Chennai

Taj Connemara to close down for a year

Vivanta by Taj Connemara, Chennai’s iconic 125-year-old heritage hotel/ File Photo

Vivanta by Taj Connemara, Chennai’s iconic 125-year-old heritage hotel/ File Photo   | Photo Credit: K_Gajendraan

The property is in for a comprehensive makeover aimed at re-creating the grandeur of its early past.

Vivanta by Taj Connemara, the city’s iconic 125-year-old heritage hotel, will close down for a year from May 10 for a comprehensive makeover aimed at re-creating the grandeur of its early past. The plan is to reopen it as an intimate high-end luxury hotel that takes guests back at least a century when they walk through the doors. This is a radical departure from its last makeover, done in 2005, when the hotel was re-designed to target trendy young hipsters with the launch of the loud Distil bar and chic pan Asian restaurant, Hip Asia. Although the team is being determinedly close-lipped about what exactly it will look like a year from now, it is likely that there will be some reshuffling as the focus moves towards recreating and rediscovering old menus and cuisines, which could mean that only the Verandah and Raintree restaurants will survive. The rooms, lobby and banquet halls will also be refurbished to look more like they once did – but with a distinct dash of luxury.



General Manager Ahmar Siddiqui describes the renovation as an “extensive enhancement”. It will be done by Structwel Designers and Consultants Private Limited (a Mumbai based Engineering consultancy, which also restored the Taj Mahal Palace in Mumbai). Promising that there will be no major changes to the structure, Siddiqui says the “planned shut down” is necessary because of the extensive work needed to “conserve and preserve the entire architecture of the hotel”. No additional buildings are planned on the 4.2 acre property and the existing greenery will remain untouched, including their dramatic old Raintree and two sturdy Nagavalli trees.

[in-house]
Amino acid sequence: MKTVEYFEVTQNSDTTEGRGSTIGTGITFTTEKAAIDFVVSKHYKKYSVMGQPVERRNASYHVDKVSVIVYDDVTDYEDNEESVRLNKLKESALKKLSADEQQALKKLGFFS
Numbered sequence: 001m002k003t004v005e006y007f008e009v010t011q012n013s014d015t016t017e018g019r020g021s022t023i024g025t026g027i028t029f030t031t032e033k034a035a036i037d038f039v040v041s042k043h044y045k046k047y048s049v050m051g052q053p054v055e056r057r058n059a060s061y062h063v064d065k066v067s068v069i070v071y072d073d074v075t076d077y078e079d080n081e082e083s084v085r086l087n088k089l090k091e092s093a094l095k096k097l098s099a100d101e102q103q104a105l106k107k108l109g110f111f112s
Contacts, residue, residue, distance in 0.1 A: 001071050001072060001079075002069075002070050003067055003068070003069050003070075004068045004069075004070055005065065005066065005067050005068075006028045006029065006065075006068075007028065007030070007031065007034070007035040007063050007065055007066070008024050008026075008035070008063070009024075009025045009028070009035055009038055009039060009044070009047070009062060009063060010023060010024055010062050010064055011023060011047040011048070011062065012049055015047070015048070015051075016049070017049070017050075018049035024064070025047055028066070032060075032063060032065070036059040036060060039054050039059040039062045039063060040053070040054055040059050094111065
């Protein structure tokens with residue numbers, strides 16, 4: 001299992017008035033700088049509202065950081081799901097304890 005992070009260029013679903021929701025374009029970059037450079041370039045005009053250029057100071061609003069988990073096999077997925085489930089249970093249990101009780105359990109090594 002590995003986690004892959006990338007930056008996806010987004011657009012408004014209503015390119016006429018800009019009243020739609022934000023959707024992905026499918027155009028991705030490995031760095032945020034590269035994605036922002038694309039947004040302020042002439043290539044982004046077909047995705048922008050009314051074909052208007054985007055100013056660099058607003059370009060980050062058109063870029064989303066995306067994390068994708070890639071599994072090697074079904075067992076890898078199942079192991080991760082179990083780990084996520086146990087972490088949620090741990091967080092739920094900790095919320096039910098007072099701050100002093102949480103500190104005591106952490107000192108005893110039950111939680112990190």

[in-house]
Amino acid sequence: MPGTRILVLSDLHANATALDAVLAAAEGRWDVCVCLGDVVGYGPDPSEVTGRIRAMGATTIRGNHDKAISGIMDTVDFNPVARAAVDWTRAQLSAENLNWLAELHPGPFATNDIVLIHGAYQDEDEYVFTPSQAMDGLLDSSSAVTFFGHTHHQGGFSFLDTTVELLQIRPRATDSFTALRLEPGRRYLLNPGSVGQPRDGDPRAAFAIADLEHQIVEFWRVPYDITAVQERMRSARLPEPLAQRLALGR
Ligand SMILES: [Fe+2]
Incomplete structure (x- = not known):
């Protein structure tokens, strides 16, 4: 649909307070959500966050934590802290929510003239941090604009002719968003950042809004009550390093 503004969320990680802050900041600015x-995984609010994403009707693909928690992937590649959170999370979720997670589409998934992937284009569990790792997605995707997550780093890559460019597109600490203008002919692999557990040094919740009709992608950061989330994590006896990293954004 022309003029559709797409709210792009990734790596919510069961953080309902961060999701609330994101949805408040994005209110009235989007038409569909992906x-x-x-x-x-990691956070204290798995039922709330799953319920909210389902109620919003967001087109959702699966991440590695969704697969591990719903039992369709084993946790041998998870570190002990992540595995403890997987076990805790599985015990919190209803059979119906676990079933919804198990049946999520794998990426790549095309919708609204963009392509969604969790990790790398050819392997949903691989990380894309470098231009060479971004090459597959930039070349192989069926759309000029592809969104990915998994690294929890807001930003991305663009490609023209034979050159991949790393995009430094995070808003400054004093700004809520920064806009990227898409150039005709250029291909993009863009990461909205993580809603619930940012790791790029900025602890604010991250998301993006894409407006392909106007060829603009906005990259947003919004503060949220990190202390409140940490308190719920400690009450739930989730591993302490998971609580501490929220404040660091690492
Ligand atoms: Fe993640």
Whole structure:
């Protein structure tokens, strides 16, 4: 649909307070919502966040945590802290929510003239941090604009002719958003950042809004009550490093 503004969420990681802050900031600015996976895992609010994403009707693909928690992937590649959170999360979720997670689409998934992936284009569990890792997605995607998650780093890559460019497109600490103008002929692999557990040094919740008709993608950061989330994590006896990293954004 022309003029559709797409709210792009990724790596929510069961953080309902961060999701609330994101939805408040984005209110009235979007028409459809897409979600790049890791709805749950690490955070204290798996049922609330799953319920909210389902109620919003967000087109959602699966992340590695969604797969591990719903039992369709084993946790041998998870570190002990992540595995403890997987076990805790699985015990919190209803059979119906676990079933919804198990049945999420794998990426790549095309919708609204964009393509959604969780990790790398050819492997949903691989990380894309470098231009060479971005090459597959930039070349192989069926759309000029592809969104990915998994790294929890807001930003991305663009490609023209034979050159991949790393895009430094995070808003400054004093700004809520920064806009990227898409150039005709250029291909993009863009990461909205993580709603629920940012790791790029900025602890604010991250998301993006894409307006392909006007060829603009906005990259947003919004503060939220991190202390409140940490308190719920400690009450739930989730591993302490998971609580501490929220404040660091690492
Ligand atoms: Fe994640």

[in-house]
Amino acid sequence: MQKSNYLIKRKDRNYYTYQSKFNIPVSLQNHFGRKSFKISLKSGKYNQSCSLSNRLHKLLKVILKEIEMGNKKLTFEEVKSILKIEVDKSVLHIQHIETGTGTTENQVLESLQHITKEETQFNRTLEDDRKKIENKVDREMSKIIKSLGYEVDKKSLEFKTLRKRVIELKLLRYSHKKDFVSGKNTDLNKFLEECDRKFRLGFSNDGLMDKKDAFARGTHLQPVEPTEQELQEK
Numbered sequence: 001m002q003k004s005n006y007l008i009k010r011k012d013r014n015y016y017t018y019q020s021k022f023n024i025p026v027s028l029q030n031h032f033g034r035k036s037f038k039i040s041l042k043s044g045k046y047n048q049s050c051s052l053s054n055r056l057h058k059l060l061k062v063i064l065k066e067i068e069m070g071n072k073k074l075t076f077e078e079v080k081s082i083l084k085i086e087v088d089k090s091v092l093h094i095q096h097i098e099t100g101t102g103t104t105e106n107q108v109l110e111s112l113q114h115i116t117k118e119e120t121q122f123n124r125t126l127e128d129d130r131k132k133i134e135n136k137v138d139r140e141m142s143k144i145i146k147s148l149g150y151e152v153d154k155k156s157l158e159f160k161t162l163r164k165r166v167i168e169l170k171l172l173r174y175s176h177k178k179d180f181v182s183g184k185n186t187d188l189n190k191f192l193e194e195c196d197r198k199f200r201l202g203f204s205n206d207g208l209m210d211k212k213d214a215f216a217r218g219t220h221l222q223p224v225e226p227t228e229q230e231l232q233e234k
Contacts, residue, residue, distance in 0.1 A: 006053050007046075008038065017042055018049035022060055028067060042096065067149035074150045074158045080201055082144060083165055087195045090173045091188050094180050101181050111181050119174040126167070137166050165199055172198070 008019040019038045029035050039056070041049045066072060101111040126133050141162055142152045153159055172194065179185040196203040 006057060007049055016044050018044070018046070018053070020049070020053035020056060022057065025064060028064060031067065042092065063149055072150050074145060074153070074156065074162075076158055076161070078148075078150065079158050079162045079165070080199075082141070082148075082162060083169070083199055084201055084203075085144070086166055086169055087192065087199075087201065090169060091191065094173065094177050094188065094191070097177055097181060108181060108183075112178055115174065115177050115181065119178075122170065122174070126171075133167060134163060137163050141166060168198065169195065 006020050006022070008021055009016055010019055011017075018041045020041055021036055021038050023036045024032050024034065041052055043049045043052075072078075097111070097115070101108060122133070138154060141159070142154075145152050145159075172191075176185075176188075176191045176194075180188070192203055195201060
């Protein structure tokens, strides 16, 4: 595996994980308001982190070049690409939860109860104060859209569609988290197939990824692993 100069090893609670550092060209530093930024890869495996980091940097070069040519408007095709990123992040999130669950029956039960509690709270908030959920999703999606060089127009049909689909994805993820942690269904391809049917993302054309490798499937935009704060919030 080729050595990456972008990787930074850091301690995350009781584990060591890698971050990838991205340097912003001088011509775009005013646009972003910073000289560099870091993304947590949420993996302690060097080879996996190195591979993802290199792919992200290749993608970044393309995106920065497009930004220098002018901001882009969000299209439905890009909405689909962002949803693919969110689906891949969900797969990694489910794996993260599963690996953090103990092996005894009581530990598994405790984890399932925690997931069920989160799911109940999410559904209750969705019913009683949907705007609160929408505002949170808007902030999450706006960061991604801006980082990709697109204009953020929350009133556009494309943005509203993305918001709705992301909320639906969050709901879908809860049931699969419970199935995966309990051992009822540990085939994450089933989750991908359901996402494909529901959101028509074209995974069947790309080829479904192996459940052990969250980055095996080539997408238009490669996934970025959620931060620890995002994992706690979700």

A part of Chennai’s history since the early 19 th Century, the property was originally a house bought by John Binny from The Nawab of Arcot in 1799. T. Somasundara Mudaly then acquired it, turning it into the Imperial Hotel in 1854. In 1886, it was rechristened ‘The Albany’. It was named The Connemara in 1890, after Lord Connemara, Robert Bourke. Although the building is purportedly 200 years old, dating back to the original garden house, Chennai historian S. Muthiah says nothing of the old structure remains. “So the oldest part of the hotel today dates back 125 years.”



A part of Chennai’s history since the early 19 th Century, the property was originally a house bought by John Binny from The Nawab of Arcot in 1799. The Art Deco Connemara building in 1890. Photo: Special Arrangement

When it became The Connemara, most of its guests were young British men – long stay guests who travelled with plenty of personal belongings and staff. As a result the hotel was remodelled to accommodate their requirements. Spencers, which bought the property in 1891 leased it to the Taj group for 100 years in 1974. Between 1974 and 1977, architect Geoffery Bawa added the "tower block" and expanded the pool, besides tweaking the interiors. Another renovation took place in the 1990s, conducted along with two other Taj heritage hotels, the West End in Bengaluru and the Savoy in Ootacumund. Then another in 1995.



A look at the bedroom in the yesteryear Taj Connemara. Photo: Special Arrangement